We study the fundamental limits of community detection under the stochastic block model. In its simplest form, it consists of n nodes with r K of them partitioned into r clusters of equal size K and the remaining nr K nodes not in any cluster; each pair of two nodes is connected independently by an edge with probability p if they are in the same cluster and q otherwise. Given a graph generated as above, the goal is to exactly recover the clusters with high probability as n goes to the infinity. In the case with more than one cluster, we show that the space of the model parameters can be partitioned into four disjoint regions in decreasing order of statistical and computational complexities.
Papers:
Y. Chen and J. Xu
Statisticalcomputational tradeoffs in planted problems and submatrix localization with a growing number of clusters and submatrices
The Journal of Machine Learning Research, 2016..
[SLIDES]
B. Hajek, Y. Wu, and J. Xu
Computational lower bounds for community detection on
random graphs
Conference on Learning Theory (COLT), July 2015.
[SLIDES]
B. Hajek, Y. Wu, and J. Xu
Information limits for recovering a hidden community
IEEE Trans. Inf. Theory, vol. 63, pp. 47294745, Aug. 2017.
[SLIDES]

Learning user preferences
Recommender systems sort through massive amounts of data to identify potential user preferences. They have been applied in a variety of applications, including personalized advertisement, online learning, and targeted marketing.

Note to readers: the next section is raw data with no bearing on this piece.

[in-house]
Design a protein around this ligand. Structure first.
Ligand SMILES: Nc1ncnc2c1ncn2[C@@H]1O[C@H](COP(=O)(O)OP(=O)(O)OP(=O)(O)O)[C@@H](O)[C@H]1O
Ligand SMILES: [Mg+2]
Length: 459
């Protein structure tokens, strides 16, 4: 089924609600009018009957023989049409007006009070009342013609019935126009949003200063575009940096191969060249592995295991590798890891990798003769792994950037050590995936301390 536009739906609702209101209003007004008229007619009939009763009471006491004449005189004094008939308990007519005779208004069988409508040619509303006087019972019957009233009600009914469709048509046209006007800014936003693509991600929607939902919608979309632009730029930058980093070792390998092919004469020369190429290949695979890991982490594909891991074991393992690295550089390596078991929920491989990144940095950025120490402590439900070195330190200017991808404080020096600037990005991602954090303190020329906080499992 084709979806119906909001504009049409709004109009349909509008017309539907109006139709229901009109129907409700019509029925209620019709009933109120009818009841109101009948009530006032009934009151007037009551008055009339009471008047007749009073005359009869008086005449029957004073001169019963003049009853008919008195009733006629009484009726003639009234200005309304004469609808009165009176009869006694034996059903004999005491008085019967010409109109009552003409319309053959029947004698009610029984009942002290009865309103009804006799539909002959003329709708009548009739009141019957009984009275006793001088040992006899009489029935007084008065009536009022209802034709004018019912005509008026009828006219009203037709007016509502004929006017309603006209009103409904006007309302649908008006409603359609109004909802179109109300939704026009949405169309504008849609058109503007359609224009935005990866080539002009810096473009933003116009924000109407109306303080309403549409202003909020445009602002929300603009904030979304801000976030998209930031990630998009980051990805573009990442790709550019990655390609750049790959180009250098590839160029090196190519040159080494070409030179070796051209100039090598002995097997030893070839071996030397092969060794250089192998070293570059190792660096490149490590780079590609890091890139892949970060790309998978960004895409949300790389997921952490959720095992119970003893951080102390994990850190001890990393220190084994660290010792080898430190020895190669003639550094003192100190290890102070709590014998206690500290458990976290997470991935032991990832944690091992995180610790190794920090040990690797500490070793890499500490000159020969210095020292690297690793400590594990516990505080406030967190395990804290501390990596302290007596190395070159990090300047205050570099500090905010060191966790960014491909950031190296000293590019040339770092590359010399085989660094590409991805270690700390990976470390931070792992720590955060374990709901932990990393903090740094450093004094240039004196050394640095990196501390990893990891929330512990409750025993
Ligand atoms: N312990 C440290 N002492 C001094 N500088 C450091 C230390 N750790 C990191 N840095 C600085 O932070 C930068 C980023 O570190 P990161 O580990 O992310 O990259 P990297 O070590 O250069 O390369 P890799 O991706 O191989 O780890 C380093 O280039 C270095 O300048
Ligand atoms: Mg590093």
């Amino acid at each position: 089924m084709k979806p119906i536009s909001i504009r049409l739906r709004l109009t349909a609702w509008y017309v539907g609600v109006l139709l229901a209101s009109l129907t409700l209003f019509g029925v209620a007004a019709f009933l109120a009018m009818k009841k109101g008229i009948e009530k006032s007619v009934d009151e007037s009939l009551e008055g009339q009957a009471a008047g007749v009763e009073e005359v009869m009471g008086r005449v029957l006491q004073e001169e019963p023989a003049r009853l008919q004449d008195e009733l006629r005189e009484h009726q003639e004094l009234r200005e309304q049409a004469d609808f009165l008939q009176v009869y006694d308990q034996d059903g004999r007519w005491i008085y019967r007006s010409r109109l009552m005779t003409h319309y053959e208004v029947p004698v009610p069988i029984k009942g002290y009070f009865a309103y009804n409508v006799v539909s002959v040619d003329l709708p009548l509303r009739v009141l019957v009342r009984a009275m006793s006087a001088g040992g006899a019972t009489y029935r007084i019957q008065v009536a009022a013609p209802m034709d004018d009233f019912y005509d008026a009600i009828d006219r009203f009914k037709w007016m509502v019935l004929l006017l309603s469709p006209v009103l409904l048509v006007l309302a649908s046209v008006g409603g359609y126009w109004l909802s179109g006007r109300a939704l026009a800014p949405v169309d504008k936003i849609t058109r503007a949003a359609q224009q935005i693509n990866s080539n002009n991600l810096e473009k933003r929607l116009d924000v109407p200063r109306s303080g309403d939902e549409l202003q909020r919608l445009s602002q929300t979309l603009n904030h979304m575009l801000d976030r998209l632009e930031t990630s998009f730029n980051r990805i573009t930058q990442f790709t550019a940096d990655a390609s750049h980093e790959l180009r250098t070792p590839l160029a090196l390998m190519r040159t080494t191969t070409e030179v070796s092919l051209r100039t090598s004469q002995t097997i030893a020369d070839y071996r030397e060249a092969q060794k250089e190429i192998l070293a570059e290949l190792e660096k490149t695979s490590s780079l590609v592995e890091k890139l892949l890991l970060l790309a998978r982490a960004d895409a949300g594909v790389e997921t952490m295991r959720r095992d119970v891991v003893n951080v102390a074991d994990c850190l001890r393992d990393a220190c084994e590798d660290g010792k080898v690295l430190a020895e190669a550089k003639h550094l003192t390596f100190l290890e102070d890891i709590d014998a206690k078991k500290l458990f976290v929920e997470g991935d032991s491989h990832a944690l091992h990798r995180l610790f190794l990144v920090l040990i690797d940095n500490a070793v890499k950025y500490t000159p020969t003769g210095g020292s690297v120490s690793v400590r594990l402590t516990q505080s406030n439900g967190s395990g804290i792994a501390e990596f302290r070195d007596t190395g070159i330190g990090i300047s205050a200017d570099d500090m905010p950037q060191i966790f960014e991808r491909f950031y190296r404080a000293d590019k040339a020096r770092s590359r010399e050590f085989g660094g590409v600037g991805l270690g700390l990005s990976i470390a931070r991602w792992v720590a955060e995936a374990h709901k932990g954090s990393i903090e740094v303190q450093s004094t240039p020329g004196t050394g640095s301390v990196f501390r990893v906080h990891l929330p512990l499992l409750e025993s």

I have been working on developing and analyzing optimal and fast algorithms for predicting users' inherent preferences
from noisy and partial rating or ranking data.
 Rating predictions: algorithms and limits


When explicit user ratings are available, there are three popular approaches: (1) nearest neighbor (NN); (2) spectral method (3) convex method. We performed a theoretical analysis of these three methods assuming both users and items exhibit cluster structure. We find that the simple NN method outperforms the other two more sophisticated ones for small cluster sizes if there are abundant observations.
Papers:
J. Xu, R. Wu, K. Zhu, B. Hajek, R. Srikant, and L. Ying
Jointly clustering rows and columns of binary matrices:
algorithms and tradeoffs